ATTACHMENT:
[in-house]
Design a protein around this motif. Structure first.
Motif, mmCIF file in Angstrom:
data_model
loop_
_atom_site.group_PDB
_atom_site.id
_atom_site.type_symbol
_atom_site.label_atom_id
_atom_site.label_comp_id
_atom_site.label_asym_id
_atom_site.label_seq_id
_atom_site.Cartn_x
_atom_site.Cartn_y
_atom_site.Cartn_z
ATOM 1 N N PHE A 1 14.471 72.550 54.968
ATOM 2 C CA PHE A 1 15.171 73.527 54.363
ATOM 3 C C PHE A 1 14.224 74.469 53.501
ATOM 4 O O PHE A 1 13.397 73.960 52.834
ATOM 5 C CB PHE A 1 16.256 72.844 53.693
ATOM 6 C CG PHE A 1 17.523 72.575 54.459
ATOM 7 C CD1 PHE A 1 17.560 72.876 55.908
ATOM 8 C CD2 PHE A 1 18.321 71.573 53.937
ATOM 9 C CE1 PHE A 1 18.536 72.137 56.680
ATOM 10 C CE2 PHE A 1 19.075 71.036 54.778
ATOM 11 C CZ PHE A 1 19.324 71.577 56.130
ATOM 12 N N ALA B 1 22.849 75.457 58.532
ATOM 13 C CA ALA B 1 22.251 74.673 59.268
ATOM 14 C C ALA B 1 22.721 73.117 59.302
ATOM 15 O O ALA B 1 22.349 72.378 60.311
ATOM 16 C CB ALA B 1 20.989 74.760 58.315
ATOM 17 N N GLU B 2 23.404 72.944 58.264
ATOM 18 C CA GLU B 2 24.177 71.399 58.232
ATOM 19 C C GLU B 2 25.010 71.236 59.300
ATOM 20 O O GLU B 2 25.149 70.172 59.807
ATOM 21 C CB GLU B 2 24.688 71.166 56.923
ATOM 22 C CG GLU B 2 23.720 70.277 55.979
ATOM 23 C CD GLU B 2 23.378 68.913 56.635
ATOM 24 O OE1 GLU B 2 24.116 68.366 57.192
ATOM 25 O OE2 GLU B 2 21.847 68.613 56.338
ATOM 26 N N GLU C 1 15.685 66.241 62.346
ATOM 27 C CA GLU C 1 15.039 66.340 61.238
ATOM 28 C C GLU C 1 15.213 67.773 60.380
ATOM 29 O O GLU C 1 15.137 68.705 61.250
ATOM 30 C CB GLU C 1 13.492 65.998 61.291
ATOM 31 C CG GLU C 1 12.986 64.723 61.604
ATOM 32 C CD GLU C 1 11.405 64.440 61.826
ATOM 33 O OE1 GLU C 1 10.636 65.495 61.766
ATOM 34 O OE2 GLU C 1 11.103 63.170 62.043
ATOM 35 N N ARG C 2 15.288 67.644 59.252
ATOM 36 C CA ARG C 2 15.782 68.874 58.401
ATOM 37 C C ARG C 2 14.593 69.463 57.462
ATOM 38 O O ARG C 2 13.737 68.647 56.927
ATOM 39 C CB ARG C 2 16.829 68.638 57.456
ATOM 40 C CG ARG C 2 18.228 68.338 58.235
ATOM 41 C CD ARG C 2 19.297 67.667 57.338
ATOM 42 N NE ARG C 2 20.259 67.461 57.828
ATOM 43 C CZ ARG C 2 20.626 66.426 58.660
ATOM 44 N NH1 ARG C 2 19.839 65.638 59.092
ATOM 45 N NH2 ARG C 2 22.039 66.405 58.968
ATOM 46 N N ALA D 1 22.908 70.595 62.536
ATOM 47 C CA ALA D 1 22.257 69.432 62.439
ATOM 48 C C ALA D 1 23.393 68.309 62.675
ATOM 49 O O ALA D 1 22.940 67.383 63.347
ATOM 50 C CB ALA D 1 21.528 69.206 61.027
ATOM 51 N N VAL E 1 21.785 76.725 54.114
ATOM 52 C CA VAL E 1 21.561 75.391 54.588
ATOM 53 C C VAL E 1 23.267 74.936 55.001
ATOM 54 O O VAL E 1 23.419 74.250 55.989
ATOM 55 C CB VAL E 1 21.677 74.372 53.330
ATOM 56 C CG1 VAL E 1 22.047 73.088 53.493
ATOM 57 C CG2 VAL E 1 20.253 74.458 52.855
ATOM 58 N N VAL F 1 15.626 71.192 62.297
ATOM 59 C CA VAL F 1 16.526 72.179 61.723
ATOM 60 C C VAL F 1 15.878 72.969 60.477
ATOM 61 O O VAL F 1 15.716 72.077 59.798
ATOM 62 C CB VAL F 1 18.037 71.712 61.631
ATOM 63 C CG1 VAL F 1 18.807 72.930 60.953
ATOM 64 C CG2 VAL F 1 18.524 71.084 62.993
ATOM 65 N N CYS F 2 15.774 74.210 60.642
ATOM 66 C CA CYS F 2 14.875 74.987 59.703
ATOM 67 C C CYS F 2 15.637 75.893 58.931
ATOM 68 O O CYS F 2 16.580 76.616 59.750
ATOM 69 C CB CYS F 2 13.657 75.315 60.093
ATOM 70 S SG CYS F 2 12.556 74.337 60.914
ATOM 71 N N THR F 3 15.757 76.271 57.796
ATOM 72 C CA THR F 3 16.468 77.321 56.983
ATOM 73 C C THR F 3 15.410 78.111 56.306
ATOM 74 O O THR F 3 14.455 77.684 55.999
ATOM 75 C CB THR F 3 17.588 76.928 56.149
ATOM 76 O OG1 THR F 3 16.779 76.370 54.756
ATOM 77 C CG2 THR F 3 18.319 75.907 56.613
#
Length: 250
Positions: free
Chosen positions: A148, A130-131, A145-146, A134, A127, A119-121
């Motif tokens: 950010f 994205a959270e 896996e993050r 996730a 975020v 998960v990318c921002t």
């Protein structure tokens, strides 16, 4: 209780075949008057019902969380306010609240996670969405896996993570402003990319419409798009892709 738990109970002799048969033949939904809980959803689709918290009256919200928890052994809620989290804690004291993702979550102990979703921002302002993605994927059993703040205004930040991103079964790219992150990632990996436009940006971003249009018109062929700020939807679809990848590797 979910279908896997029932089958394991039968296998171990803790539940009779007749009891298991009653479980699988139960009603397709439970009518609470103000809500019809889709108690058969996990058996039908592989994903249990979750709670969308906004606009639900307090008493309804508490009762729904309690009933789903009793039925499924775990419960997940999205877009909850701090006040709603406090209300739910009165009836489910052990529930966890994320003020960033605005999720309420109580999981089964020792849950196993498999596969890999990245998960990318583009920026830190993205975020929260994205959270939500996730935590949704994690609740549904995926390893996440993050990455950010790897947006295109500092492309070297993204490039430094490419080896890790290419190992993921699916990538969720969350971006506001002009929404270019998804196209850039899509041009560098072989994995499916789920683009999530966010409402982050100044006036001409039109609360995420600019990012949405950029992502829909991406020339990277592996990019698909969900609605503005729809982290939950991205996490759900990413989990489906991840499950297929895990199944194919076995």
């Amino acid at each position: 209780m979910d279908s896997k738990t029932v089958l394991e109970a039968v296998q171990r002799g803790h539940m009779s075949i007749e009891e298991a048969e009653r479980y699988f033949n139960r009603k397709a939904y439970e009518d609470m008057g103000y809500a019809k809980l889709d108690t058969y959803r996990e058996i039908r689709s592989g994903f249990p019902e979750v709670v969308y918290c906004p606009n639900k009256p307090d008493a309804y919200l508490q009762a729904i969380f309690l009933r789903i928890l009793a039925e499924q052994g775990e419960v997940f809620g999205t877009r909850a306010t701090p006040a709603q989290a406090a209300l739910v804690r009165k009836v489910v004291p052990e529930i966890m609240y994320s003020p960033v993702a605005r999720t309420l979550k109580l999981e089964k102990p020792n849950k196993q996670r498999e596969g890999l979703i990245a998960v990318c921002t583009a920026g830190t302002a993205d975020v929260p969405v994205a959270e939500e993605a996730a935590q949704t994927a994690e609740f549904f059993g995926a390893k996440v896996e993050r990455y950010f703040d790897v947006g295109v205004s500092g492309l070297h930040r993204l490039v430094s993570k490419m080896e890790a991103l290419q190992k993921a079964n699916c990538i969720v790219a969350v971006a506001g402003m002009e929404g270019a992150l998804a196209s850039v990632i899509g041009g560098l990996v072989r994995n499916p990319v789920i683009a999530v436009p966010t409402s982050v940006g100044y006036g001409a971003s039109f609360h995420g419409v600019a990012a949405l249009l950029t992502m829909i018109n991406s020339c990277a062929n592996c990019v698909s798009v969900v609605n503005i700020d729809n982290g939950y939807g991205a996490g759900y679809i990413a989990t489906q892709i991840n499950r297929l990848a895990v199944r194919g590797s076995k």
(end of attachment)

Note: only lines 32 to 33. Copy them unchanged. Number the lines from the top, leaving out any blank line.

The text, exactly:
ATOM 17 N N GLU B 2 23.404 72.944 58.264
ATOM 18 C CA GLU B 2 24.177 71.399 58.232